Zipp 303 Tubular Wheelset Product Review – by Todd Spain

Posted: August 25, 2010 in Cycling, Product Reviews, Race Information

There is no suspense here – I really like the Zipp 303 tubular wheels.

If you try these you will have to have them.  The cool factor is very high, but comes at a fairly hefty price of $2,300 for the pair. However, these are perhaps the most versatile combination in Zipp’s arsenal.  They are light, responsive, climb well, accelerate rapidly, and are very durable.  You can ride them as the perfect training wheel on your road bike, race them on your time trial bike in any conditions, and outclass your competitors at cyclocross in the winter.  If I had the chance to buy just one super nice tubular wheelset, for all the types of riding, this would be my top choice.

The 303’s are similar to the rest of Zipp’s portfolio. They are laced with 18 radial front and 24 radial/1-cross rear SAPIM CX-Ray bladed spokes. External nipples make truing easy. The hubset is Zipp’s 88/188 combo, featuring fat, 17mm aluminum axles and threaded endcaps for easy bearing interface adjustment. These guys weigh in at only 1171 grams per pair.  This is light.

In total, I have ridden approximately 300 miles on these wheels over the spring and summer with Vittoria Corsa Evo KS tubulars. I used the 21mm, 290tpi with the puncture resistant belt.

The 303’s were installed on my road bike for the Paris Mountain Triathlon in the spring.  This course featured a 2.7 mile climb that is quite steep, while the rest of the course is hilly.  The Zipp 303’s are an ideal choice here as they climb very well and are far more aerodynamic than an ordinary lightweight climbing wheel.  They also made their way onto my time trial bike for several of the fast group rides.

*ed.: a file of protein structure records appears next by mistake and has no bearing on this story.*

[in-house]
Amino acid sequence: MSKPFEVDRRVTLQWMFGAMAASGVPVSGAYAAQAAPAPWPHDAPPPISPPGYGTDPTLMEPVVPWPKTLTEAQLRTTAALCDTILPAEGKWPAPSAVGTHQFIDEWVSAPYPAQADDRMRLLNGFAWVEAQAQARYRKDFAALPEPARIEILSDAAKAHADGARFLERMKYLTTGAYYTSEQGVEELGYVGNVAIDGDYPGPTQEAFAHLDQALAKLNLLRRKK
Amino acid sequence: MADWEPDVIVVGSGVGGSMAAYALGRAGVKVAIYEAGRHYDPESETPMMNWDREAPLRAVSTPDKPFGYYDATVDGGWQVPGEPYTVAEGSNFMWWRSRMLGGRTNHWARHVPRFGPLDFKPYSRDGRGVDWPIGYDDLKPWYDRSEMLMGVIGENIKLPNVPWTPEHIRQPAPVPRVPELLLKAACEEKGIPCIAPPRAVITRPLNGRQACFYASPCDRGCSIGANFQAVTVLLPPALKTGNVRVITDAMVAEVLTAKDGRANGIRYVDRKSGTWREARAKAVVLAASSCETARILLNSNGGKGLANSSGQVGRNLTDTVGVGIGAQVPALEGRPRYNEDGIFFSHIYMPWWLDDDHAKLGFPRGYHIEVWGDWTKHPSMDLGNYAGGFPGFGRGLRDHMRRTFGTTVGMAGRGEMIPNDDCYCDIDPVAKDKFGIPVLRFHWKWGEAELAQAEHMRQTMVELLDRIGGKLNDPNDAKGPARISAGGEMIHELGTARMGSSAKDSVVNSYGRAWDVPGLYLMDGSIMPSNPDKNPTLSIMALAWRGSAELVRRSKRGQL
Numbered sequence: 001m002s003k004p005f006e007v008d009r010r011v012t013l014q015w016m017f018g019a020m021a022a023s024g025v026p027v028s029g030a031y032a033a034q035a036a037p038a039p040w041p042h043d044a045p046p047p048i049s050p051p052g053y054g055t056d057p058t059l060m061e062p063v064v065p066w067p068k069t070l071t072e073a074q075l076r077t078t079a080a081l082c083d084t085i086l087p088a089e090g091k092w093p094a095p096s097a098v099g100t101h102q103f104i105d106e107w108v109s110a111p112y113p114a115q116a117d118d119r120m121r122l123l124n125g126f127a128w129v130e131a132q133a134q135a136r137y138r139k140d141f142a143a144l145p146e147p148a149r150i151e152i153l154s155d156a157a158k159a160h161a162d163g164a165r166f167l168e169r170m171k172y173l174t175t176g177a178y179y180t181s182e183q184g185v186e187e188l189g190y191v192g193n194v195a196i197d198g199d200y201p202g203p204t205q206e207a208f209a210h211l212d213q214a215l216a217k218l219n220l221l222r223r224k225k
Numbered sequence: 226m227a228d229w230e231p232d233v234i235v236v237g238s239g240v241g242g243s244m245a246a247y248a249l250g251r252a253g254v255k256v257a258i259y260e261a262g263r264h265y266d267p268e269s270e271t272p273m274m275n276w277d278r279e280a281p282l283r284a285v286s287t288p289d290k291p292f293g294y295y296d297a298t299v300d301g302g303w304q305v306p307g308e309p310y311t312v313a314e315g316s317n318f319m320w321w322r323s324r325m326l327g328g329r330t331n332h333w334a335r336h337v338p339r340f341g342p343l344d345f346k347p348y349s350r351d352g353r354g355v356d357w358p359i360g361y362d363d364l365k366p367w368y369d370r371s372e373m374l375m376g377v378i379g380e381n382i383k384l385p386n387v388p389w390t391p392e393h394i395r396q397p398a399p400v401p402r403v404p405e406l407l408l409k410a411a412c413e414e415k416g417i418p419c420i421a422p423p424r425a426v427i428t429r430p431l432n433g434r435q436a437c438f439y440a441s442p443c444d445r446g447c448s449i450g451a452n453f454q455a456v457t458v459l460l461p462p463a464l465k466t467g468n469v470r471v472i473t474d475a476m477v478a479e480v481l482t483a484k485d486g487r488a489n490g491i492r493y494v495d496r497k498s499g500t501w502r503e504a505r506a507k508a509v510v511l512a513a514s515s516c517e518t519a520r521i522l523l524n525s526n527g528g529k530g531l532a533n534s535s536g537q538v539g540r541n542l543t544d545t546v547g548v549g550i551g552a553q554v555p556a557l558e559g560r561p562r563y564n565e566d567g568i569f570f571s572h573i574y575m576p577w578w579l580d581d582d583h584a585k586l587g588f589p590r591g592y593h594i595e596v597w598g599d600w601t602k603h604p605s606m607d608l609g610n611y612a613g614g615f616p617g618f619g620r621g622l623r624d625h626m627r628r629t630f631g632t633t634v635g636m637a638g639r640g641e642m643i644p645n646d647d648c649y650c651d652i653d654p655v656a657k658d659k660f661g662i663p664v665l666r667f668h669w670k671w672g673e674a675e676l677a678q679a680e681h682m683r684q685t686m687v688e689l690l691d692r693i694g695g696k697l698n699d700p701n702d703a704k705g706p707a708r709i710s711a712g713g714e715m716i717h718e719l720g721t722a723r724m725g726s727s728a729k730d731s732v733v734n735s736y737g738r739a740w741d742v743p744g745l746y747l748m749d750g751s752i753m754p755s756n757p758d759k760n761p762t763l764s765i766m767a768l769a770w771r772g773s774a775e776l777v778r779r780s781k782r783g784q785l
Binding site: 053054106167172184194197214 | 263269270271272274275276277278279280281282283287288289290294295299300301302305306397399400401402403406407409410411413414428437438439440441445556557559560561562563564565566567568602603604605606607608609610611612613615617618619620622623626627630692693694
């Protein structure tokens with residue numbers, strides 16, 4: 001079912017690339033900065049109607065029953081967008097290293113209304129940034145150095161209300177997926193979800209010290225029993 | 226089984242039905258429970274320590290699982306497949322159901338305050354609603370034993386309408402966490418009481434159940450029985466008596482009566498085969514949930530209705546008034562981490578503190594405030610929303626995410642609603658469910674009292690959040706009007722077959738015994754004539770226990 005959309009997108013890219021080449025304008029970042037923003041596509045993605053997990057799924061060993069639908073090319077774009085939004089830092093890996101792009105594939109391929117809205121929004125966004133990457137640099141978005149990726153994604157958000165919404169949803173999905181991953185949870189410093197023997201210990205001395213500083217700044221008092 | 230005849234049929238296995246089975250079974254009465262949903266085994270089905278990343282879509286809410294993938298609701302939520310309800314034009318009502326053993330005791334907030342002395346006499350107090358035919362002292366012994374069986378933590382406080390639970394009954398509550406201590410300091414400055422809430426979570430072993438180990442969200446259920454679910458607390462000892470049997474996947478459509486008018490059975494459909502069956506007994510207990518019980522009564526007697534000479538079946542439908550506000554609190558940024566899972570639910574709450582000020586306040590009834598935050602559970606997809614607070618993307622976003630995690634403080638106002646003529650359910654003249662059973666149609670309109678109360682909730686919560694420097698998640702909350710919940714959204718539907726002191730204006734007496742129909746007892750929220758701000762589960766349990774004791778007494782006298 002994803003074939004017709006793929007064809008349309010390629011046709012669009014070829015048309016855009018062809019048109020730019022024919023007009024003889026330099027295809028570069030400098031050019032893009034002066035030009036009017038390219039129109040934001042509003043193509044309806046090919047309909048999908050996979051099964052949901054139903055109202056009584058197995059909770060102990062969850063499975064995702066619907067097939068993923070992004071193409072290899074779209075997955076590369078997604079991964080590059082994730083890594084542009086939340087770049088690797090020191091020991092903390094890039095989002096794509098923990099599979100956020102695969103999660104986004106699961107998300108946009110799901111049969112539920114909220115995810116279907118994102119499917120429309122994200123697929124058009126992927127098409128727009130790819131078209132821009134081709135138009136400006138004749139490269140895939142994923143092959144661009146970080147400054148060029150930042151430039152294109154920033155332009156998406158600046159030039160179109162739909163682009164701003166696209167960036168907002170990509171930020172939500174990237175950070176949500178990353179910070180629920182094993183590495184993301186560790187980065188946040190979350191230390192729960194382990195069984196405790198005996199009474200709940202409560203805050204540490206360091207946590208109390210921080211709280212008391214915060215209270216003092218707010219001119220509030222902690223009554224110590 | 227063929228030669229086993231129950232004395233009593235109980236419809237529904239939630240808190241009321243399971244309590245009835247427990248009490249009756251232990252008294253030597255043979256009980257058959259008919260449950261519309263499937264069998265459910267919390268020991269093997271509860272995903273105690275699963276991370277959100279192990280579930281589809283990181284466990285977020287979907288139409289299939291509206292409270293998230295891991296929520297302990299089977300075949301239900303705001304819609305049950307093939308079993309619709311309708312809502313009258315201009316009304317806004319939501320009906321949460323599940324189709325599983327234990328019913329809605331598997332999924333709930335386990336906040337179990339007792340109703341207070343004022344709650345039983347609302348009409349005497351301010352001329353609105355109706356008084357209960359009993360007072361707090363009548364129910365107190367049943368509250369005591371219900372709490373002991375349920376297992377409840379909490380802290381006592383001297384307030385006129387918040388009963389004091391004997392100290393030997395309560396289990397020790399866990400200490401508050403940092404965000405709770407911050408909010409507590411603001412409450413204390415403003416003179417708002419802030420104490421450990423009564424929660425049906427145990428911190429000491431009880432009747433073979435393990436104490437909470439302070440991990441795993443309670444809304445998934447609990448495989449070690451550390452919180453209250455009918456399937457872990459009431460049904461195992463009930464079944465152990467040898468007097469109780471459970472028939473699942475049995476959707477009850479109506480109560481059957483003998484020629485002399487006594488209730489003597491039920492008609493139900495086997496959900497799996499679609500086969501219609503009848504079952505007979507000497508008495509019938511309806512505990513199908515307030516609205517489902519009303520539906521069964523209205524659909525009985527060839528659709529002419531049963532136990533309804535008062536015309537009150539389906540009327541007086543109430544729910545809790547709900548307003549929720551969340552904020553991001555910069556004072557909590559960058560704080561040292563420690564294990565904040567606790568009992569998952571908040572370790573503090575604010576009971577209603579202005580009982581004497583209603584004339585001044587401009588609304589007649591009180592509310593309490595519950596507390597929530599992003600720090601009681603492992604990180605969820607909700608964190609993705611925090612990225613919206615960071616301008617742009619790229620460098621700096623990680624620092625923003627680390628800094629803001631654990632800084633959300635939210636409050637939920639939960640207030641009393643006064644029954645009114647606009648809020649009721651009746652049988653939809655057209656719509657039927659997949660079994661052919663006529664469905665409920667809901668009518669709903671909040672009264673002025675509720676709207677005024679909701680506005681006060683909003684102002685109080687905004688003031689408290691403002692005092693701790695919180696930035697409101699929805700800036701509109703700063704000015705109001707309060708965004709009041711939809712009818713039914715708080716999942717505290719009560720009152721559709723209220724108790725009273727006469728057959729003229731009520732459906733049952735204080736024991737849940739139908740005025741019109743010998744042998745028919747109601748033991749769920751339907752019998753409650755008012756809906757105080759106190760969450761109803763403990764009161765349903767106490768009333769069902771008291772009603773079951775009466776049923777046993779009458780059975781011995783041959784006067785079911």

Here is what I like:

They feel light and are fun to ride, especially when climbing and sprinting.

Acceleration is tremendous as the rear does not “load up”.  With many lightweight wheels, the applied rotational torque rotates the hub faster than the rim and you can actually feel this load as a softness or sluggishness in the rear until the rim catches up.

Zipp does not compromise on aerodynamics.  The 303’s have much less side/crosswind deflection to the point where there is no reason to consider potential crosswind when choosing wheels for the day.

These guys are solid.  It feels like they could handle the worst spring pothole riddled roadway.  The 303’s have stayed exceptionally true and require very little maintenance.

Since campy record hubs in the 70’s and 80’s, I have not been impressed with any hub for smoothness.  However, Zipp has built a seriously good hub.   They are  s a m o o o o t h.

They look sexy and fast.  The cool factor is seriously high.


Not as crazy about:

The price – they ain’t cheap, nor is there any compromise on quality.

The rear wheel is not as stiff as several other wheels I have ridden.  This would translate well, I believe, to comfort on long rides, but will zap a bit of efficiency along the way.

Switching back and forth with other wheels requires a bit of a rear brake adjustment, unless you are willing to run your rear brake just a tad loose.

Conclusion:

I seriously like the Zipp 303’s.  They are light, snappy, and super comfortable. They’d make an outstanding one-wheelset solution for someone doing road racing, triathlons and cyclocross.  They are a bit pricey, but have fantastic all-around characteristics and are impressively versatile.

Related Videos:

How to install a tubular tire Part I

How to install a tubular tire Part II


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